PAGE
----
- The Washington Times - Monday, April 29, 2019

He may have lost his hold on territory in Syria and Iraq and barely eluded the U.S.-backed forces who destroyed his “caliphate,” but unbroken Islamic State leader Abu Bakr al-Baghdadi re-emerged Monday, appearing for the first time in five years in a crude jihadi video to declare that his global terrorist organization is far from dead.

The video appeared to show the reclusive jihadi leader talking about the recent Islamic State-linked suicide bombings that killed more than 250 people in Sri Lanka and vowing broadly to seek revenge for the deaths and imprisonments of the terrorist group’s fighters in recent years.

Intelligence sources scrutinizing the video’s authenticity said they believe the tired-looking gray- and red-bearded terrorist leader, wearing a black tunic and sitting against a wall next to an AK-47 rifle in an unknown hiding place, was likely al-Baghdadi and that the reference to the Easter attacks in Sri Lanka points to a recent filming.

Analysts said al-Baghdadi had a somewhat defeated posture in the video but likely ordered its circulation to show that even with the Islamic State on the ropes in its Middle East home base, the group continues to hold sway on the global jihadi landscape.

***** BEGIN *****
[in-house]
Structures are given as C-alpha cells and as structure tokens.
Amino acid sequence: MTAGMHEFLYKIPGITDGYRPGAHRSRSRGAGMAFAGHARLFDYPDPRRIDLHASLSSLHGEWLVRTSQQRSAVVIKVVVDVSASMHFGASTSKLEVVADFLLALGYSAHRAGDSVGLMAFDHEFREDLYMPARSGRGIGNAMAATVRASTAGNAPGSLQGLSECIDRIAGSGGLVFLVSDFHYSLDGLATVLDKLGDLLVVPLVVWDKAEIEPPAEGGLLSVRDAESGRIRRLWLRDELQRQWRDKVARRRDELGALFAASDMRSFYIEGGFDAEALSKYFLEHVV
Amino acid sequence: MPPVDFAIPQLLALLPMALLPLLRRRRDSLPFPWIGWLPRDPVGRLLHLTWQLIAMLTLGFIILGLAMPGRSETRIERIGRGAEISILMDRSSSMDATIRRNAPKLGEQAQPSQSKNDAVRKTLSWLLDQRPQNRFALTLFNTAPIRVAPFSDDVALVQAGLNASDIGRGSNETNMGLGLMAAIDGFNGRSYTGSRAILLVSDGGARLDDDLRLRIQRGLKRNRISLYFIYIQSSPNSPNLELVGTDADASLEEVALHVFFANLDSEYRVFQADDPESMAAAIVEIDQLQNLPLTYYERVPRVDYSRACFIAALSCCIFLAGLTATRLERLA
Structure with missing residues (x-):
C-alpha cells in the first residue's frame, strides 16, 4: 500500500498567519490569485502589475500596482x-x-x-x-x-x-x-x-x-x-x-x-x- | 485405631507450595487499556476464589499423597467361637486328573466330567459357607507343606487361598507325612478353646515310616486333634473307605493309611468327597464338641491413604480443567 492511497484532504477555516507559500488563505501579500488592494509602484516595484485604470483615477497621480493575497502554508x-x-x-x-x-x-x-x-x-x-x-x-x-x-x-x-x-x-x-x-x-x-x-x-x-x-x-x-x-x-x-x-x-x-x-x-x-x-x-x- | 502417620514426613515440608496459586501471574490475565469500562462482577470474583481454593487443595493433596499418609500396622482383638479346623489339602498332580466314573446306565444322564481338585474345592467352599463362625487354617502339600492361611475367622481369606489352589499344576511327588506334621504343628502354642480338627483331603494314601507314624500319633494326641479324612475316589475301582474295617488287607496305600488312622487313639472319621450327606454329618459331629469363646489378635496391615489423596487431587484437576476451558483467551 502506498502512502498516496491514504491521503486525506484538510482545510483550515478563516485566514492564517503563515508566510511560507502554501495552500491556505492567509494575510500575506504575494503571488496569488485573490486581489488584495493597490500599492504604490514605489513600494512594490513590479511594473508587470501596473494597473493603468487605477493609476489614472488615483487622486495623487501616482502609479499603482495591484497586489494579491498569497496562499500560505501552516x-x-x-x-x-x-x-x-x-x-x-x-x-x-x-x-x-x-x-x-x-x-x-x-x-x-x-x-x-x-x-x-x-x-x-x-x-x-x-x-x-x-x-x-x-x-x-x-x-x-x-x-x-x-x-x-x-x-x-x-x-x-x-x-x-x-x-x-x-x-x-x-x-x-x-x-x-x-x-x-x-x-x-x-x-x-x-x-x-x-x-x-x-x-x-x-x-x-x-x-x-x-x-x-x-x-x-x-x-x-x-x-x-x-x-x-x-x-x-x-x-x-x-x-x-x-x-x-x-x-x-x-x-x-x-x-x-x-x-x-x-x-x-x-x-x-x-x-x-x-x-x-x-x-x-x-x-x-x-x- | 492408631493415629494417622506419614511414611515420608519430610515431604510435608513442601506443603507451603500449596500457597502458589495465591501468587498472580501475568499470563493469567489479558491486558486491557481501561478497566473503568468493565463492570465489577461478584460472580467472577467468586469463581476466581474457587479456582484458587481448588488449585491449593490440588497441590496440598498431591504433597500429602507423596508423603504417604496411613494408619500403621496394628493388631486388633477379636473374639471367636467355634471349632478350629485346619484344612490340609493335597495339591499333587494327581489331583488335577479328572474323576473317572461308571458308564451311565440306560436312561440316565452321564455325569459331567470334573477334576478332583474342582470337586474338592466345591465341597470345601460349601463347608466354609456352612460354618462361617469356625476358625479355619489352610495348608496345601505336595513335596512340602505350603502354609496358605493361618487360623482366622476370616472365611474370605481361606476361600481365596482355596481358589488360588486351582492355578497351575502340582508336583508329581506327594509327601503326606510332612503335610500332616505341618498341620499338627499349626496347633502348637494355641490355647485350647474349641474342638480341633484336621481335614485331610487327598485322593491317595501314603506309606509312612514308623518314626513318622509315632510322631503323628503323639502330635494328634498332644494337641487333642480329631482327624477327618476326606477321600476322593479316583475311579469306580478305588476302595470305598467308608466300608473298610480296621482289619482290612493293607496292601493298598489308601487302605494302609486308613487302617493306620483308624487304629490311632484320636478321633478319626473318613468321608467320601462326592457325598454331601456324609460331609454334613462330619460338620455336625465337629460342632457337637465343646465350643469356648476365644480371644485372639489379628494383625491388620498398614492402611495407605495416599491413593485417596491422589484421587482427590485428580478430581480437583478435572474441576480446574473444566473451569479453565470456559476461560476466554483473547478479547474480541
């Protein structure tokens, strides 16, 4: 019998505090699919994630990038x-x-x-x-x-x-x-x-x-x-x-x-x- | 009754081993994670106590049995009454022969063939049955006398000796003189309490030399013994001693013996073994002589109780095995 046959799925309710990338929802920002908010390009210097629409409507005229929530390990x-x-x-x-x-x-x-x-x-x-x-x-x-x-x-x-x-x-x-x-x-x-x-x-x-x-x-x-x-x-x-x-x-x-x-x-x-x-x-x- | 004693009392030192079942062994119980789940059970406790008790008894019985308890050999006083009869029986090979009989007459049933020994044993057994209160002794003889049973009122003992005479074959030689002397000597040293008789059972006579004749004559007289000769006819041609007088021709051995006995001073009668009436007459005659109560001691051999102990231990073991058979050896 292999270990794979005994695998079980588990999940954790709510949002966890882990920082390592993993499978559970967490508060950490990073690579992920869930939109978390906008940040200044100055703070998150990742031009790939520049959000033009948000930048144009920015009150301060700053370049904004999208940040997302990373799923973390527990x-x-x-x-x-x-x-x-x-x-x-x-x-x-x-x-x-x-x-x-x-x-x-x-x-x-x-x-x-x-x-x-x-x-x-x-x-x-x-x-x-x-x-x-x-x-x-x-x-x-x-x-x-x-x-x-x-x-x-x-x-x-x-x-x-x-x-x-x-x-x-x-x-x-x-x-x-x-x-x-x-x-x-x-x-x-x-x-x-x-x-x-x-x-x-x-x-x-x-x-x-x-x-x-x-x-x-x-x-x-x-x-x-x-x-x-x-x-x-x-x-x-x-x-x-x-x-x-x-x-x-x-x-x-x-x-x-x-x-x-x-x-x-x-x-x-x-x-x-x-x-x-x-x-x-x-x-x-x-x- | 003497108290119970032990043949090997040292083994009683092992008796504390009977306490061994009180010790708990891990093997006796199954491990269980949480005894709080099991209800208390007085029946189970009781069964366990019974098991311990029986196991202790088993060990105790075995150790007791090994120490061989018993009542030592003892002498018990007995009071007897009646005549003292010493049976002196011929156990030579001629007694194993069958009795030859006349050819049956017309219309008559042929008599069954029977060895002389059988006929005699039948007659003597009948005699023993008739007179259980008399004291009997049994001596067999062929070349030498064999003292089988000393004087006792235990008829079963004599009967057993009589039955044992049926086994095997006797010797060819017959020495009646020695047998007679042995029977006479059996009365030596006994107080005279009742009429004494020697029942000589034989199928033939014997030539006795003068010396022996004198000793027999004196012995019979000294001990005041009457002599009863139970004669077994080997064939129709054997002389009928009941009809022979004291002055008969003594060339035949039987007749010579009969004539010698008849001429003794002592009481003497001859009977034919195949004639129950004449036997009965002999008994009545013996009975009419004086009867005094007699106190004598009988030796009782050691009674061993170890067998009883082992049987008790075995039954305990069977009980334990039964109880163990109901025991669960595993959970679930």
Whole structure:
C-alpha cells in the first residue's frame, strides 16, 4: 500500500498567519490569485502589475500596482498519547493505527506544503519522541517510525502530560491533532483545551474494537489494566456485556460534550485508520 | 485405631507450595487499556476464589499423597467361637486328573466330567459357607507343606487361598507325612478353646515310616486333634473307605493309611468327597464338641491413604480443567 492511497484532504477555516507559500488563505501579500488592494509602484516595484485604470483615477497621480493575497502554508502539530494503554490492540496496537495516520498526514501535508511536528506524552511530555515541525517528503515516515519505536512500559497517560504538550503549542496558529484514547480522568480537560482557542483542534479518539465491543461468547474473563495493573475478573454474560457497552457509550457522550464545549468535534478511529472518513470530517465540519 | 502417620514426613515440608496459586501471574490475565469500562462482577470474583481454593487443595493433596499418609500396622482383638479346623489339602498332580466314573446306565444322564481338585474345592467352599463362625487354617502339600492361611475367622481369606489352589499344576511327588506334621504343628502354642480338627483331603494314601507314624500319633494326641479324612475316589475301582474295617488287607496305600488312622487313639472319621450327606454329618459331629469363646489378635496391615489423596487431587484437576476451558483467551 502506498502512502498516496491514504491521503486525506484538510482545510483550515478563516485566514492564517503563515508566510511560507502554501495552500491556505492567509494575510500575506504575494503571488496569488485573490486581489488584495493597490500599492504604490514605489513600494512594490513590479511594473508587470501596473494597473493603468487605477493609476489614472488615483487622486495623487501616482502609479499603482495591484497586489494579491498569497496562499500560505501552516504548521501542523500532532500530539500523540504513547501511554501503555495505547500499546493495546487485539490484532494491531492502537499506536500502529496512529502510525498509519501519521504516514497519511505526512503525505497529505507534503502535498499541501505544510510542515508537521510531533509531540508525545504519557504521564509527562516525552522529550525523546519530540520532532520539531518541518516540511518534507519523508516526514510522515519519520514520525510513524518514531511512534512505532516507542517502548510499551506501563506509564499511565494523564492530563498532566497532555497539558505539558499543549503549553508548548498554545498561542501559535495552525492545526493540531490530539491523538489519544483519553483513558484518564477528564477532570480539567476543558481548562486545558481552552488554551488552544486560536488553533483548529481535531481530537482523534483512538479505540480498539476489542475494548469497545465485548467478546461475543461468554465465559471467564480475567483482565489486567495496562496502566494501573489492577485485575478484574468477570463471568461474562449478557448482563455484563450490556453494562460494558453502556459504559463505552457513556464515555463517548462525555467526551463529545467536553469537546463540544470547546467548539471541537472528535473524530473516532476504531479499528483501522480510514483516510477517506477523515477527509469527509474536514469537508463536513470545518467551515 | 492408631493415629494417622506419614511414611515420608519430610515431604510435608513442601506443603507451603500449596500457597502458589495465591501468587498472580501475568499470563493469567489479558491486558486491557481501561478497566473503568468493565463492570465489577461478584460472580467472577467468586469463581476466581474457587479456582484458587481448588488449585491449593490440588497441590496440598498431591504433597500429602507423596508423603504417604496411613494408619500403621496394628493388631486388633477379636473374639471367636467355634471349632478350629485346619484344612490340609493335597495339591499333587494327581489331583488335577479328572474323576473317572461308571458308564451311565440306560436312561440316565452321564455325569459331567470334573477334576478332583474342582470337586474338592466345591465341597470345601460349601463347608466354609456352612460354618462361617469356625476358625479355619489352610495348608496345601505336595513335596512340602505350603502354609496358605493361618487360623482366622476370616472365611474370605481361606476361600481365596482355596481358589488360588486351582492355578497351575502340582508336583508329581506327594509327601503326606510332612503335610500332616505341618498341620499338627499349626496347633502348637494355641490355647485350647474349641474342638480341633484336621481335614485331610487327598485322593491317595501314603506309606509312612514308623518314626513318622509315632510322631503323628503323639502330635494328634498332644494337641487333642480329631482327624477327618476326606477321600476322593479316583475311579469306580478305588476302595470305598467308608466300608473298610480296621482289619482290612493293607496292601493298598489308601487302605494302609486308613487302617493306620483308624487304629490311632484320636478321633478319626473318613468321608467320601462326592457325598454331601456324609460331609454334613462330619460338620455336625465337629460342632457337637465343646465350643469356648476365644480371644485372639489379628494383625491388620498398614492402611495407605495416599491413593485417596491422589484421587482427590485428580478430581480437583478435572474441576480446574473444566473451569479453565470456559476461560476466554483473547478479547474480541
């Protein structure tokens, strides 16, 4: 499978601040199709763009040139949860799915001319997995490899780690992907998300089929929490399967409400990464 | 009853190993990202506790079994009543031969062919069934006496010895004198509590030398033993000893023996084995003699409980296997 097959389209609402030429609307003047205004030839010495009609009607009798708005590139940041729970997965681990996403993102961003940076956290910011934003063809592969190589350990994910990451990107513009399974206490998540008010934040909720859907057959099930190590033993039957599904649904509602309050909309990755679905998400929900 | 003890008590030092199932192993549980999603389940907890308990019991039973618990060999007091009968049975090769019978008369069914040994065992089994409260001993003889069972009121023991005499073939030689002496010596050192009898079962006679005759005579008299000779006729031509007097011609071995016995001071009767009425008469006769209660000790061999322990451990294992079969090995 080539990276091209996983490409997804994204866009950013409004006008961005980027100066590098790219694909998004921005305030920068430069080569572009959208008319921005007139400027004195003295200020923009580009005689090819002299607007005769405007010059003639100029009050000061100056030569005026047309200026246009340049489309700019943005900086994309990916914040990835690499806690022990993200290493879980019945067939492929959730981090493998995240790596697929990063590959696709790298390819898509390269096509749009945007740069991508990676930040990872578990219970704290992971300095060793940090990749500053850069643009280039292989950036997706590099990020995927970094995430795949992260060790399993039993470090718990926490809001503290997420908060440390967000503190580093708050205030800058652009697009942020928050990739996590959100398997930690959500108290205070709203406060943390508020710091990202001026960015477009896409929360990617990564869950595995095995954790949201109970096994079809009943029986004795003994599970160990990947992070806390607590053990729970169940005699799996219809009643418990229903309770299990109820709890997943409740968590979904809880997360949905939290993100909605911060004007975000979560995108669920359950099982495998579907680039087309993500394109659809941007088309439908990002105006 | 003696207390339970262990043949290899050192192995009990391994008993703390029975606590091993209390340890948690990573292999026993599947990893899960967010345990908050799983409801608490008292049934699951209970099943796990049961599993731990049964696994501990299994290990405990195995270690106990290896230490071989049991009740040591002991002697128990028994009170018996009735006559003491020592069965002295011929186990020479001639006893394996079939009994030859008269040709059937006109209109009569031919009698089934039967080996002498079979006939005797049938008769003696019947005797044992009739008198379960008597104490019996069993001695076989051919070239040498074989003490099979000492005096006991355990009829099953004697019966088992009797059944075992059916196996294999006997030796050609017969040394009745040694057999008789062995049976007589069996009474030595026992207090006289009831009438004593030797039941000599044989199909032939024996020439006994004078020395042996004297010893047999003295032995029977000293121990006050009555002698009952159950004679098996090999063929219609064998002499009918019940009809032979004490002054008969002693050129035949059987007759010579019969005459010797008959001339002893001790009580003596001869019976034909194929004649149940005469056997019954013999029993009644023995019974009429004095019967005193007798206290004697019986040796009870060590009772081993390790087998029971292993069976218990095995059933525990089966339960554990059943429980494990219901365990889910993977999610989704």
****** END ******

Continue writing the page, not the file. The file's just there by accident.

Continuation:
“It’s interesting that after five years he’s finally decided to show his face. I think it’s a recognition that things aren’t going well for Islamic State,” said Bill Roggio, a counterterrorism analyst with the Foundation for Defense of Democracies think tank. “But he’s trying to put out the message that the group is still relevant and is still in the fight.”



“It’s an attempt to rally the troops because the recent Sri Lanka attack was really big for the Islamic State and I think al-Baghdadi definitely wanted to … highlight the success of the operation,” said Mr. Roggio, an editor of the foundation’s Long War Journal.

It’s a message that Islamic State operatives, who have been credited with carrying out terrorist attacks in France, Belgium, the Philippines and Indonesia over the past five years, apparently hope will resonate despite the clear battlefield reverses of recent months.

The capture by U.S.-backed Kurdish and Arab militias of a last Islamic State-held village on the Syria-Iraq border led Mr. Trump and his aides to declare that the terrorist group had been fully defeated in the theater.

But terrorism analysts warned that the Islamic State retained a loyal cadre of fighters and could return to classic guerrilla tactics, a prediction apparently borne out with the horrific attacks that ripped through several Christian churches and luxury tourist hotels in Sri Lanka on Easter Sunday.

Still dangerous

The video circulated Monday was released by Al-Furqan, which is widely recognized as the propaganda arm of the Islamic State. It showed al-Baghdadi giving an 18-minute address.

The SITE Intelligence Group, a private organization that analyzes such terrorist videos, said al-Baghdadi spoke of the attacks in Sri Lanka and discussed the end of the battle of Baghouz, the Islamic State’s last stronghold in Syria. He referred to the battle, which ended last month, in the past tense, SITE analysts reported.

At one point in the recording, someone passes al-Baghdadi laminated files apparently containing the names of regions around the world, including North Africa and Yemen, where the Islamic State has drawn pledges of loyalty from local extremists or claimed credit for attacks.